A year or so ago, a friend of mine asked a question on Facebook about establishing a non-fiction reading habit. As I pondered her question I was, first and foremost, encouraged by her admission. She’s one of those people I rank very high on the “smart preacher’s wife” list—but here she was struggling with non-narrative reading just like I always have! I’d always felt “less-than” on the intelligence scale because of my struggle with non-fiction. It was encouraging to see that even smart people sometimes struggle with non-fiction.
Secondly, her question opened my eyes to the fact that I have actually achieved a long-desired turning point in my own reading habit. I have gone from struggling greatly with non-narrative reading to establishing a needed habit of it to truly enjoying it! For the first time in my life, I look with excitement on my growing list of non-fiction titles instead of feeling overwhelmed. How exactly did I get there?
More Than Fiction vs. Non-Fiction: Starting with My Strengths
Fiction lovers often talk about preferring our novels over our non-fiction. But there are more distinctions than simply fiction and non-fiction. It’s not so much that I prefer fiction. It’s that I prefer story. I love Corrie Ten Boom’s The Hiding Place just as much as From Dust and Ashes by Tricia Goyer, my long-time favorite World War II novel. One is non-fiction, the other fiction created from memories of men who lived it. But both are stories. Narratives that bring history to life.
Recognizing that reality helped me take my preference and pick out non-fiction authors who paint word pictures. Even if they don’t tell stories in purely narrative form the same way The Hiding Place does, they do bring words to life, turning them into images that explode in my visual mind, helping me grasp abstract concepts.
The biggest challenge was that the recommended “greats” of Christian literature don’t always write like that. I had to realize that there was no failure in going with my strengths. I was still challenging myself by breaking out of my fiction restriction and moving to story-telling, non-fiction writers. As long as I was challenging myself, I was not failing, no matter what authors I was “ignoring” at the time.
My goal was to read for a set amount of time each morning, so I chose books that fit well with my morning devotional time. I never dreamed what kind of doors that new habit would open!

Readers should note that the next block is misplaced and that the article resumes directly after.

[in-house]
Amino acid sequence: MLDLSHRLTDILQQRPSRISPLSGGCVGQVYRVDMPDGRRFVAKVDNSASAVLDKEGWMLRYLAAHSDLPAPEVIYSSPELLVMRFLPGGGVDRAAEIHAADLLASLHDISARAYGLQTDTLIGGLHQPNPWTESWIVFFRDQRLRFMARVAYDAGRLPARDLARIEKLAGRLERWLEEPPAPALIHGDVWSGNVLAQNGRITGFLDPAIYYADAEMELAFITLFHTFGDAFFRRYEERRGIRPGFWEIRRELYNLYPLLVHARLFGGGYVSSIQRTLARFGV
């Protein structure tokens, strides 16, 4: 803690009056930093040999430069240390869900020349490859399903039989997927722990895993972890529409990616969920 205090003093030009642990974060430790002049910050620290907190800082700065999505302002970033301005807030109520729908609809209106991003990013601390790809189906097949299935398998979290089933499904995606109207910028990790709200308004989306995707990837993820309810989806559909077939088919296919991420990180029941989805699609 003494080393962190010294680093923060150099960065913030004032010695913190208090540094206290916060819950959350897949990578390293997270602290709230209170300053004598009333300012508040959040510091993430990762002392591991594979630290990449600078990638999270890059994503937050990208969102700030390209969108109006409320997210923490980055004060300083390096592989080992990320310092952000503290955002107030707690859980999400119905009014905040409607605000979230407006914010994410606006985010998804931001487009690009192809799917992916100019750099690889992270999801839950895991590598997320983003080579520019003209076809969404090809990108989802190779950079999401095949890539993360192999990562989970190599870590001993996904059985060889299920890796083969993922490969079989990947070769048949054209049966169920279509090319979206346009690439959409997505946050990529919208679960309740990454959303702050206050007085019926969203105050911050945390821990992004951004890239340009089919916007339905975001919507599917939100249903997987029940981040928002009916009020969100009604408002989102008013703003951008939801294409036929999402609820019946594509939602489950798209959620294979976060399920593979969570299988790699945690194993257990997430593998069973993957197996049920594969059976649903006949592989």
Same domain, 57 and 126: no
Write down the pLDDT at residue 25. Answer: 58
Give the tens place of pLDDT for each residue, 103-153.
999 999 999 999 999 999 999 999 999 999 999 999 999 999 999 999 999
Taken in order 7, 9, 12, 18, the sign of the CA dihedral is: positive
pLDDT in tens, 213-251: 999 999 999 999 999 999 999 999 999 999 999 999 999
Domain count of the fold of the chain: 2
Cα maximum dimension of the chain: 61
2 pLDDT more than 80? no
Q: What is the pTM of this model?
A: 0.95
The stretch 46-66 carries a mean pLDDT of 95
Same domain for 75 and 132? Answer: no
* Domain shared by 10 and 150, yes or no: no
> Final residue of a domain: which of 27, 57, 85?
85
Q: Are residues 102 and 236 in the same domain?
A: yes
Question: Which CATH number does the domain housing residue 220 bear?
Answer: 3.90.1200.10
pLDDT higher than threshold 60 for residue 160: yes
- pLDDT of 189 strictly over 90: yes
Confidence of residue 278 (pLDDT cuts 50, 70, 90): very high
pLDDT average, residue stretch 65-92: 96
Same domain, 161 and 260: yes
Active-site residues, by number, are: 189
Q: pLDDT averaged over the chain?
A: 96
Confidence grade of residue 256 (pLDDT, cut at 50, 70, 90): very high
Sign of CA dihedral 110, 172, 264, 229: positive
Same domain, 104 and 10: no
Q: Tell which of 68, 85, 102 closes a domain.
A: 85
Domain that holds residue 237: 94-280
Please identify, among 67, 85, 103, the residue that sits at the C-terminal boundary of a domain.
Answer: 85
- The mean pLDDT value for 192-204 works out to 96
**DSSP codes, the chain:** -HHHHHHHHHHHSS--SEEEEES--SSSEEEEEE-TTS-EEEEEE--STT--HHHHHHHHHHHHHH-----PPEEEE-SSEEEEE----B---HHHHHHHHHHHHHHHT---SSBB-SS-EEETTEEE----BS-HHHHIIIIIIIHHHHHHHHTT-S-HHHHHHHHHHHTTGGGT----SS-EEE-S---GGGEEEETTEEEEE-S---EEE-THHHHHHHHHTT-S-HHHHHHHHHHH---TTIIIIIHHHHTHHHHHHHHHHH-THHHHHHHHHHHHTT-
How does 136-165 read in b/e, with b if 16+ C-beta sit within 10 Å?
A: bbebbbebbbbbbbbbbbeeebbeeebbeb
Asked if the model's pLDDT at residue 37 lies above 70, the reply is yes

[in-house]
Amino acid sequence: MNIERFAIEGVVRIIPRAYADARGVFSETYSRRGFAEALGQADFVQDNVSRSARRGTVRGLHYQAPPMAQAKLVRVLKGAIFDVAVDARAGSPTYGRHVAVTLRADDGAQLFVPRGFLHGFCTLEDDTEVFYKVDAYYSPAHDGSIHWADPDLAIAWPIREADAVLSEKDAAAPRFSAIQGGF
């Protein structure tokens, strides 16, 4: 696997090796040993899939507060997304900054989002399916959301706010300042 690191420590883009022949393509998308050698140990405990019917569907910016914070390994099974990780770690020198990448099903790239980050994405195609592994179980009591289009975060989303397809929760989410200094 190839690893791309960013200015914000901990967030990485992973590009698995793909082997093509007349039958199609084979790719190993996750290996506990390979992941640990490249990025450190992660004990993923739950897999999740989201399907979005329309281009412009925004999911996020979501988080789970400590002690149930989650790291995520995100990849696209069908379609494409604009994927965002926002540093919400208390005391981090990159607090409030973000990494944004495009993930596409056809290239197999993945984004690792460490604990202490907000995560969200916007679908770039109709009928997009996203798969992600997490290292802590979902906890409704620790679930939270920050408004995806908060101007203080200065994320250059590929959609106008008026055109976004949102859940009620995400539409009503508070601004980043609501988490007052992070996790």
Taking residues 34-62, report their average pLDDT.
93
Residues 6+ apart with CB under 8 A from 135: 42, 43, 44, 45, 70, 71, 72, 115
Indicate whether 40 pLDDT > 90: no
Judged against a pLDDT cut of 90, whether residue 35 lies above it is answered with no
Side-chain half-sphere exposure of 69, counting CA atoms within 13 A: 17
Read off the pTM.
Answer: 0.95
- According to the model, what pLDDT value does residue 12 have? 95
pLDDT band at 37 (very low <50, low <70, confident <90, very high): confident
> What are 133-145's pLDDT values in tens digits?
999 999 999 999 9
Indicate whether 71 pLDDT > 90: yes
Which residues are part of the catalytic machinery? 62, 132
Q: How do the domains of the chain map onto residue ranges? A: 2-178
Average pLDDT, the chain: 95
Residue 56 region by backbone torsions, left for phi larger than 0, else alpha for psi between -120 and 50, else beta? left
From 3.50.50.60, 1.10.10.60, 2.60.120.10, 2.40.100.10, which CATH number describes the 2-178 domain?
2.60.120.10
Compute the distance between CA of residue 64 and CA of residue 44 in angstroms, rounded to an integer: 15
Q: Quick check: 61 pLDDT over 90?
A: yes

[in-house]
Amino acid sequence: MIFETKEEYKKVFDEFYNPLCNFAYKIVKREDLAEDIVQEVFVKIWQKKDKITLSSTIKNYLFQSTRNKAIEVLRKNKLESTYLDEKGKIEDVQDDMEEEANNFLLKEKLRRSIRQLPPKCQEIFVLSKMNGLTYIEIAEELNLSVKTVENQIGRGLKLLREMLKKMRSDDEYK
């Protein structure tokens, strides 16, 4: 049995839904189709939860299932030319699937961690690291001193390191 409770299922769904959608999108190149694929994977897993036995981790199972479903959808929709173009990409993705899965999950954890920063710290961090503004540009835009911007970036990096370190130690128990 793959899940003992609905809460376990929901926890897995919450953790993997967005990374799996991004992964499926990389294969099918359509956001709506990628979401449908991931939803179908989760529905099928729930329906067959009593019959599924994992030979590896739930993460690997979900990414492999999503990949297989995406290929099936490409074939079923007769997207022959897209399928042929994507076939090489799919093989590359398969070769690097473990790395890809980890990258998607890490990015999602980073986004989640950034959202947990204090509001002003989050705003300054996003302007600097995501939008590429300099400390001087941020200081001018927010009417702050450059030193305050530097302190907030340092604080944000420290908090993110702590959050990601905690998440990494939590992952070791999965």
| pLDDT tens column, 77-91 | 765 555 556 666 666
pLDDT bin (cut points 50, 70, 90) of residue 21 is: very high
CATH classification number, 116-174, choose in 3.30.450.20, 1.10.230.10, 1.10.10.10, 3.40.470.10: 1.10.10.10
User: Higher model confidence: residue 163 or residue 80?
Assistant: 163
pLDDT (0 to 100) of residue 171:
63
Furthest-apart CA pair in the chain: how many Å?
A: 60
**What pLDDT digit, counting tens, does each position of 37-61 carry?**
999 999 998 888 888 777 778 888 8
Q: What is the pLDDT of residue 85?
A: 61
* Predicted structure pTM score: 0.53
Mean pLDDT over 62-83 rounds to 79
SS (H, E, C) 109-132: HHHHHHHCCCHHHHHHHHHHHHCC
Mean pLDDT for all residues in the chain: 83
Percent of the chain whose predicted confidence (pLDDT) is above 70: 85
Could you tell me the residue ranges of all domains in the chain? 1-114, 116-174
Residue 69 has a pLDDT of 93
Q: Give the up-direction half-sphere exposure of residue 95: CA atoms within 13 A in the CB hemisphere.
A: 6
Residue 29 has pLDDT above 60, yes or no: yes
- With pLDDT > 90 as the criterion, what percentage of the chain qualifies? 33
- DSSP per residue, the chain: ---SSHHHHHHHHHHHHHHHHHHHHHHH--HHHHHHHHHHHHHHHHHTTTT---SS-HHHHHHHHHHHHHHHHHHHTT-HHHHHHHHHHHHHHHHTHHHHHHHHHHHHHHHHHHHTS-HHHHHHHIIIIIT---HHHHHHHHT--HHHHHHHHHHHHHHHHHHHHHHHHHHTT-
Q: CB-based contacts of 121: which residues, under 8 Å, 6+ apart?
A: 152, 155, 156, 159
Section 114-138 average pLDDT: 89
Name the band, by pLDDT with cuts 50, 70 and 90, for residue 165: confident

Going with a Theme
As I became more comfortable with non-fiction, I began to branch out by choosing books based on current themes rather than writing style. I’d read books by word-picture artists like Mark Buchanan and Ken Shigematsu that greatly challenged my approach (or lack thereof) to rest and Sabbath. So, I began to intermingle other books on the same theme. Although not all of these were by authors who were great at painting word pictures, the familiar themes helped me make connections. I could take the new information and convert it myself into imagery that worked well for my method of learning.
These themes have morphed and adjusted over the years. Sometimes while working through one theme, I “accidentally” pick up on a new one, and that directs me to my next book. Some of those directions have led me to books that are very much outside of my natural inclinations and reading styles. Reading those books, especially when first starting, can be a challenge. But, the more I read, the more I get used to different writing styles and am able to better and more quickly process the information before me.
The growth didn’t stop there. Once I’d firmly established the devotional non-fiction reading habit, I added a second book each morning. This one is not always “spiritual.” Not automatically written by a Christian author. But, it always contains something that will help me become a better…something. Strengthen who I am as a wife, a mom, a writer, a homeschooler, an organizer…you get the idea. But, because I read it at the end of my morning quiet time, I always approach it with the perspective of what I have just finished studying in God’s Word and reading from my spiritually nourishing non-fiction.
Voila! A Habit is Born!
I didn’t intentionally follow these steps. I just wanted to start reading non-fiction. And, honestly, I didn’t really realize what I’d accomplished until I saw that question on Facebook. I stand now in amazement, though, as I realize just how one little action—the decision to read a non-fiction book for five minutes every morning—has helped me grow so greatly.
Small actions can produce powerful habits. What small action can you take today?